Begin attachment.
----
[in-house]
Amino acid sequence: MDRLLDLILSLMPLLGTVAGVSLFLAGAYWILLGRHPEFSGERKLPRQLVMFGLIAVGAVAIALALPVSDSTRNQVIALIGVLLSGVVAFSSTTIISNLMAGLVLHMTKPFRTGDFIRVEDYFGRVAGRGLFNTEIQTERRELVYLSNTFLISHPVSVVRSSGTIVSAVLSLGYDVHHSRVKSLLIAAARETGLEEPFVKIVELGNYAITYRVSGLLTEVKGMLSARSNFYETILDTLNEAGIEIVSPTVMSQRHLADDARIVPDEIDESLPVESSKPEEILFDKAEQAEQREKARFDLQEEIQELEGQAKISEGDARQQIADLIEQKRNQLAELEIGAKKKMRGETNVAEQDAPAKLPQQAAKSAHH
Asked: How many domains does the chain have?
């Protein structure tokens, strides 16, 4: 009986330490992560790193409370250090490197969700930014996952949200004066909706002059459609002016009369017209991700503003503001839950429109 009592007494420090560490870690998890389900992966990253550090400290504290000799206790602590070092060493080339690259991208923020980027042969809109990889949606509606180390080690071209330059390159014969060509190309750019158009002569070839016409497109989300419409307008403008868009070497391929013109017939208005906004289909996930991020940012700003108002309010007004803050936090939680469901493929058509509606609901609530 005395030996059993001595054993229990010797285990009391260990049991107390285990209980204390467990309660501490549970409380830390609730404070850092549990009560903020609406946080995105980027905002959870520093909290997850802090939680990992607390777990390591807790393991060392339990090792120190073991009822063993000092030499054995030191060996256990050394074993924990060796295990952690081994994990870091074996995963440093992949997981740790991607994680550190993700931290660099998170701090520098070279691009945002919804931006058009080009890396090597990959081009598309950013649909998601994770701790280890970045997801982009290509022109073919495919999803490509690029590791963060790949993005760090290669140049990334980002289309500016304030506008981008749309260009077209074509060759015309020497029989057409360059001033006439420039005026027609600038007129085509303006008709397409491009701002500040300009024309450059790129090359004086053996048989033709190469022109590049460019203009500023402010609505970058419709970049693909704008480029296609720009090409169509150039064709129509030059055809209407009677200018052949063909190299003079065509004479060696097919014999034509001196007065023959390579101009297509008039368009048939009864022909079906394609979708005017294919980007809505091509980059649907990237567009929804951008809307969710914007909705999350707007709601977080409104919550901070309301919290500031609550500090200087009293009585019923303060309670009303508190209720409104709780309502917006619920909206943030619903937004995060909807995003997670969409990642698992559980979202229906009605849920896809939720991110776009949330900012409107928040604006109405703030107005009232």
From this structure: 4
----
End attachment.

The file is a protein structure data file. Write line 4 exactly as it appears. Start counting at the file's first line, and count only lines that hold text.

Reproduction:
């Protein structure tokens, strides 16, 4: 009986330490992560790193409370250090490197969700930014996952949200004066909706002059459609002016009369017209991700503003503001839950429109 009592007494420090560490870690998890389900992966990253550090400290504290000799206790602590070092060493080339690259991208923020980027042969809109990889949606509606180390080690071209330059390159014969060509190309750019158009002569070839016409497109989300419409307008403008868009070497391929013109017939208005906004289909996930991020940012700003108002309010007004803050936090939680469901493929058509509606609901609530 005395030996059993001595054993229990010797285990009391260990049991107390285990209980204390467990309660501490549970409380830390609730404070850092549990009560903020609406946080995105980027905002959870520093909290997850802090939680990992607390777990390591807790393991060392339990090792120190073991009822063993000092030499054995030191060996256990050394074993924990060796295990952690081994994990870091074996995963440093992949997981740790991607994680550190993700931290660099998170701090520098070279691009945002919804931006058009080009890396090597990959081009598309950013649909998601994770701790280890970045997801982009290509022109073919495919999803490509690029590791963060790949993005760090290669140049990334980002289309500016304030506008981008749309260009077209074509060759015309020497029989057409360059001033006439420039005026027609600038007129085509303006008709397409491009701002500040300009024309450059790129090359004086053996048989033709190469022109590049460019203009500023402010609505970058419709970049693909704008480029296609720009090409169509150039064709129509030059055809209407009677200018052949063909190299003079065509004479060696097919014999034509001196007065023959390579101009297509008039368009048939009864022909079906394609979708005017294919980007809505091509980059649907990237567009929804951008809307969710914007909705999350707007709601977080409104919550901070309301919290500031609550500090200087009293009585019923303060309670009303508190209720409104709780309502917006619920909206943030619903937004995060909807995003997670969409990642698992559980979202229906009605849920896809939720991110776009949330900012409107928040604006109405703030107005009232």